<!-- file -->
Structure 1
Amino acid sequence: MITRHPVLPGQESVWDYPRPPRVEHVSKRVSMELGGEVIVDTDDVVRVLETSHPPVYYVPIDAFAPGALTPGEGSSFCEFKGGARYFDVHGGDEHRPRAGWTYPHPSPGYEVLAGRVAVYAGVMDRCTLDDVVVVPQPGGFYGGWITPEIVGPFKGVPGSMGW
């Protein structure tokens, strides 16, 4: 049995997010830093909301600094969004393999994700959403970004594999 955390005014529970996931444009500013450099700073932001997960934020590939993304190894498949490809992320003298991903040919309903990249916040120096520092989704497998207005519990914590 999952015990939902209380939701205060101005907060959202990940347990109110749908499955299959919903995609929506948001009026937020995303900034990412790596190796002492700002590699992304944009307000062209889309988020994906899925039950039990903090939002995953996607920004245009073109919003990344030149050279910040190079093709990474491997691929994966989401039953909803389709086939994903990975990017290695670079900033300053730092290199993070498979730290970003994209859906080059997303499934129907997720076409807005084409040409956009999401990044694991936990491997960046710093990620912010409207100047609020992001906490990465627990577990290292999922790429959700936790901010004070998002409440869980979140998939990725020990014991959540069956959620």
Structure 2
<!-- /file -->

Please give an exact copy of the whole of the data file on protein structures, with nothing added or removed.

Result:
Structure 1
Amino acid sequence: MITRHPVLPGQESVWDYPRPPRVEHVSKRVSMELGGEVIVDTDDVVRVLETSHPPVYYVPIDAFAPGALTPGEGSSFCEFKGGARYFDVHGGDEHRPRAGWTYPHPSPGYEVLAGRVAVYAGVMDRCTLDDVVVVPQPGGFYGGWITPEIVGPFKGVPGSMGW
């Protein structure tokens, strides 16, 4: 049995997010830093909301600094969004393999994700959403970004594999 955390005014529970996931444009500013450099700073932001997960934020590939993304190894498949490809992320003298991903040919309903990249916040120096520092989704497998207005519990914590 999952015990939902209380939701205060101005907060959202990940347990109110749908499955299959919903995609929506948001009026937020995303900034990412790596190796002492700002590699992304944009307000062209889309988020994906899925039950039990903090939002995953996607920004245009073109919003990344030149050279910040190079093709990474491997691929994966989401039953909803389709086939994903990975990017290695670079900033300053730092290199993070498979730290970003994209859906080059997303499934129907997720076409807005084409040409956009999401990044694991936990491997960046710093990620912010409207100047609020992001906490990465627990577990290292999922790429959700936790901010004070998002409440869980979140998939990725020990014991959540069956959620």
Structure 2